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1971: Pakistan intensifies air raids on India
Border battles between India and Pakistan have erupted into full-scale war.

Jets from West Pakistan have attacked at least four Indian airports, with reports eight airfields have been struck.

The West Pakistan Government said it was in retaliation for a major ground offensive against the area by the Indian army.

This has been denied by New Delhi.

Initial reports of the Pakistani air attacks were unclear but both capitals confirmed the Indian airports of Amritsar, Pathankot, Avantipur and Sringar were hit.

The Indian Government has declared a state of emergency.

We must be prepared for a long period of hardship and sacrifice
India PM Indira Gandhi
In a broadcast to the nation, India's Prime Minister, Indira Gandhi, said the Pakistani war against Bangladesh has become one against their homeland.

Mrs Gandhi said the town of Agra, 120 miles south of New Delhi, and the site of the Taj Mahal, had been hit.

"We must be prepared for a long period of hardship and sacrifice," she said.

In West Pakistan, President Yahya Khan, called up "essential persons and ex-servicemen who have no reserve liability".

The current eruption of military strikes comes in a conflict which dates back to March after President Khan's attack on the independence movement in East Pakistan.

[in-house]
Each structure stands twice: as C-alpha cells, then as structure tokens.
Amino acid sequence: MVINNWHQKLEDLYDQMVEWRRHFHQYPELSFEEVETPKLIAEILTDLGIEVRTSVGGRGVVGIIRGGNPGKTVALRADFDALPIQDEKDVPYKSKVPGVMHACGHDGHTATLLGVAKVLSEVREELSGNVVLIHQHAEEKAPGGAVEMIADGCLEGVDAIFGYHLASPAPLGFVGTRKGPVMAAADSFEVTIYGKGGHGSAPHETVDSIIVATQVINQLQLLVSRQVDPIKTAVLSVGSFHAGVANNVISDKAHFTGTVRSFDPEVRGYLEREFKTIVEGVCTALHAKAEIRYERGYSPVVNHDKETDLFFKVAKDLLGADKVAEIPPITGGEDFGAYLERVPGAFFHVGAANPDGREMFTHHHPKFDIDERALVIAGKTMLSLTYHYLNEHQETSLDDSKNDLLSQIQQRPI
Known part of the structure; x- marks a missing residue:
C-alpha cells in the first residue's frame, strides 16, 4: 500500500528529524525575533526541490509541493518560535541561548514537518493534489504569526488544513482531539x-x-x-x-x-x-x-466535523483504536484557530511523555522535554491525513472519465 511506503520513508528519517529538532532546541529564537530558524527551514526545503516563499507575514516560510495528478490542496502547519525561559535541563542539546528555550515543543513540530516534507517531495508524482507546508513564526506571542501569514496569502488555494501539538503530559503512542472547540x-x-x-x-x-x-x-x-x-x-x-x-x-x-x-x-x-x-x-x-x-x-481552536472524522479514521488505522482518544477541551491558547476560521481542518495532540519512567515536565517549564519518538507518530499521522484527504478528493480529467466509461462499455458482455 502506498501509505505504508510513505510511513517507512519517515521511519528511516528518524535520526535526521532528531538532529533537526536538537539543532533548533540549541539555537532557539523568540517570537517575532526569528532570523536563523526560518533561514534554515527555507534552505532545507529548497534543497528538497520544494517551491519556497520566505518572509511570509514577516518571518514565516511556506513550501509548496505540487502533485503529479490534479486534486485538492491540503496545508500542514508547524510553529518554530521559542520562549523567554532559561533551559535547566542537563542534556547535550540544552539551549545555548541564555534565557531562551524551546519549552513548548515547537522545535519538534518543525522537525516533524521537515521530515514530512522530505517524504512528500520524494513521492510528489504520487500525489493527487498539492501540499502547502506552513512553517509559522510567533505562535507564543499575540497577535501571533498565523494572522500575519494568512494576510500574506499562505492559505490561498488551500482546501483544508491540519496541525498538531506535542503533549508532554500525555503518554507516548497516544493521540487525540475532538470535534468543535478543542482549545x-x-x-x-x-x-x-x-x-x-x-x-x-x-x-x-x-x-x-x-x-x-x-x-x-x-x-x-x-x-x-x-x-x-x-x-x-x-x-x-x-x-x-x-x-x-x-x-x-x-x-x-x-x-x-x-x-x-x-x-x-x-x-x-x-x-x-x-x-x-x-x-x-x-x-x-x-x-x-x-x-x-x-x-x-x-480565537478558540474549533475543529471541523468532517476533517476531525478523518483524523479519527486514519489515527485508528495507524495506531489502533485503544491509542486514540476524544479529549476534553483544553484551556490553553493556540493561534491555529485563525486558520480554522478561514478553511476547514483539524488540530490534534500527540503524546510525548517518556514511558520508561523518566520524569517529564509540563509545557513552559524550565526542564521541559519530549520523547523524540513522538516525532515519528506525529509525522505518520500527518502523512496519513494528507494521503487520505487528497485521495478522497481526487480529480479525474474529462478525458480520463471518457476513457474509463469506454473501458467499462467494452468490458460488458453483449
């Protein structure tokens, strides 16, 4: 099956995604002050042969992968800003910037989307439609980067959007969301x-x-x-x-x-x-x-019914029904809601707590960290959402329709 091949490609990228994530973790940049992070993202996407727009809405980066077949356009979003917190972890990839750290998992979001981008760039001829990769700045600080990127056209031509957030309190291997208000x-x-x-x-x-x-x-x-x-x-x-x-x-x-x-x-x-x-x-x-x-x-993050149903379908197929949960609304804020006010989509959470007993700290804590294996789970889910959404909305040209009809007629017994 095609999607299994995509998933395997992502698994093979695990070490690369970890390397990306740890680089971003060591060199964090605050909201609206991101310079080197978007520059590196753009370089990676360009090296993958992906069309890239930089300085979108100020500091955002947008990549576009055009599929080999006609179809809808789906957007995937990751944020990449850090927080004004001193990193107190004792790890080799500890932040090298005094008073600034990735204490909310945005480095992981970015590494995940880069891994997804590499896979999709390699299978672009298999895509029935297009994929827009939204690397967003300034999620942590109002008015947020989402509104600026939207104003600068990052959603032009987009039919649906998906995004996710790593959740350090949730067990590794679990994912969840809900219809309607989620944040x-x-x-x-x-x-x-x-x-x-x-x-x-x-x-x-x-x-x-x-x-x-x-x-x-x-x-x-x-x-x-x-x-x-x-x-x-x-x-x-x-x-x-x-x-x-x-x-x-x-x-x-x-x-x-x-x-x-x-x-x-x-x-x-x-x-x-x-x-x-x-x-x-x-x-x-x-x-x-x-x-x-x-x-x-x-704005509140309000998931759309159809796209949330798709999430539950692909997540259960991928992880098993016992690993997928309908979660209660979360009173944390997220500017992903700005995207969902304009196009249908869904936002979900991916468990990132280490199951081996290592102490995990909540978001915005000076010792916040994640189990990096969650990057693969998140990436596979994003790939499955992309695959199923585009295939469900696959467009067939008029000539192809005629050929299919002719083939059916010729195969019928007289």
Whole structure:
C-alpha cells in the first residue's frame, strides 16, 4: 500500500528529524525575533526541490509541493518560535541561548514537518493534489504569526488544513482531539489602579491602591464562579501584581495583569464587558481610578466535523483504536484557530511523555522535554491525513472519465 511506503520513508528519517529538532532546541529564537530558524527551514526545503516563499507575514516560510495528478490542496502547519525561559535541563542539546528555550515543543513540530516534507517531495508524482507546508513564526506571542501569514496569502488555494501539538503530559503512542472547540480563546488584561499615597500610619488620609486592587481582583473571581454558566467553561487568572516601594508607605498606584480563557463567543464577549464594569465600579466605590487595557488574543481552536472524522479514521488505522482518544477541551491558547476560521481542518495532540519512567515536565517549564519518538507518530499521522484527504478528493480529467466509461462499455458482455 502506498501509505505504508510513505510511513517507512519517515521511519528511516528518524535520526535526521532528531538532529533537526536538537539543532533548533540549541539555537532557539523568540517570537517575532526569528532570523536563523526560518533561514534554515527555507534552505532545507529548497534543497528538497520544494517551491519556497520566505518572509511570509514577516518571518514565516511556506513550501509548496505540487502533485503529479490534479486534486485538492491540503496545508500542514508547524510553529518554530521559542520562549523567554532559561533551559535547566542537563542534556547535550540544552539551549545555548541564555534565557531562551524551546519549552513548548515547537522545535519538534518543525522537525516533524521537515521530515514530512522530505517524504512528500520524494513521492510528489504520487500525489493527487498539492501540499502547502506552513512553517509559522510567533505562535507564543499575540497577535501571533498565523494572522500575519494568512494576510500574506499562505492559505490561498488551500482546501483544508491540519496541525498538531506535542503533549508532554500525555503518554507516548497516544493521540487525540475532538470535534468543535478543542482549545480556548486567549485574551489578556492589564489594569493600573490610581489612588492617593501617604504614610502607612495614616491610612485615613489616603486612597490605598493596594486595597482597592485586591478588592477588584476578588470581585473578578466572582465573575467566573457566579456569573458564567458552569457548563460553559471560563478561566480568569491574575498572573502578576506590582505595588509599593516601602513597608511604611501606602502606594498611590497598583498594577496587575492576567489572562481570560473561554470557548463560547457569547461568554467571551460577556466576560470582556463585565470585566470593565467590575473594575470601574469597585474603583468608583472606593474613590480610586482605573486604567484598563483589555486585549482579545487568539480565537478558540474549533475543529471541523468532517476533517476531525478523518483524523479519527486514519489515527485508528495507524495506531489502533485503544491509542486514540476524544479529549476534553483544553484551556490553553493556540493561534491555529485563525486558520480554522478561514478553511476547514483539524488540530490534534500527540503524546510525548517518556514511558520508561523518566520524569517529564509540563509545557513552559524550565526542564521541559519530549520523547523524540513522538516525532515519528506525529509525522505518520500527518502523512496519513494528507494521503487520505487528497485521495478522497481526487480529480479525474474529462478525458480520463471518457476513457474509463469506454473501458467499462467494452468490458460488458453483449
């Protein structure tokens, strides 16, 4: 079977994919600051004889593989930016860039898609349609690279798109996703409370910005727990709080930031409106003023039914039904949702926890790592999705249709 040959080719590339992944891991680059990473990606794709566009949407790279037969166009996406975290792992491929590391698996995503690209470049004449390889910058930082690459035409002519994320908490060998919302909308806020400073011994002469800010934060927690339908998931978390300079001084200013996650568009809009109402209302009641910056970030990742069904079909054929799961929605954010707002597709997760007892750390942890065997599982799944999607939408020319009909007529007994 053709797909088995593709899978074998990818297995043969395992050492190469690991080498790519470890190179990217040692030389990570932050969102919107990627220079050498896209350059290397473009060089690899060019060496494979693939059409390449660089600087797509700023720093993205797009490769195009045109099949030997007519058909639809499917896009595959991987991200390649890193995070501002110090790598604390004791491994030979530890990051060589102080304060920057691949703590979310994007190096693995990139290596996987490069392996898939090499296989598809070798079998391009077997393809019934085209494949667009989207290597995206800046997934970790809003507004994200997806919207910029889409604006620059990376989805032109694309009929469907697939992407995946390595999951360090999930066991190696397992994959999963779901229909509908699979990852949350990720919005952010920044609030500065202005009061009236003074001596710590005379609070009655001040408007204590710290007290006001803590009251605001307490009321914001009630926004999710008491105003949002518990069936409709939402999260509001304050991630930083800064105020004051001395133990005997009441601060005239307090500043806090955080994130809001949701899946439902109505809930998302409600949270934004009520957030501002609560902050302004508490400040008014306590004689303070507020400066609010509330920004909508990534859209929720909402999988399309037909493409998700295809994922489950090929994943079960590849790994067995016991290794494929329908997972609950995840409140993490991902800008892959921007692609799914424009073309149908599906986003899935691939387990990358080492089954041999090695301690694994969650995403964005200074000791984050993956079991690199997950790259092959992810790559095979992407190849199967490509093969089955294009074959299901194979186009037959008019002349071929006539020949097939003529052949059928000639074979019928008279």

President Khan believed the Indian Government supports East Pakistani rebels with training and arms.

The United Nations is understood to be discussing the possibility of invoking Security Council intervention in the conflict.

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Indian troops man their base
The Indian Government has declared a state of emergency

Fighting on the India Pakistan border

In Context
Since Britain dismantled its Indian empire and partitioned the sub-continent in 1947, tensions have existed between India and Pakistan.

Indo-Pakistani relations deteriorated in the early 1970s when civil war erupted in Pakistan, pitting the West against the East, who were demanding autonomy and later independence.

The fighting forced an estimated 10 million East Pakistani civilians to flee to India.

In 1971 Pakistan's army surrendered at Dhaka.

East Pakistan became the independent country of Bangladesh on 6 December 1971.

Regional tensions were reduced by the Simla accord of 1972 and by Pakistan's recognition of Bangladesh in 1974.

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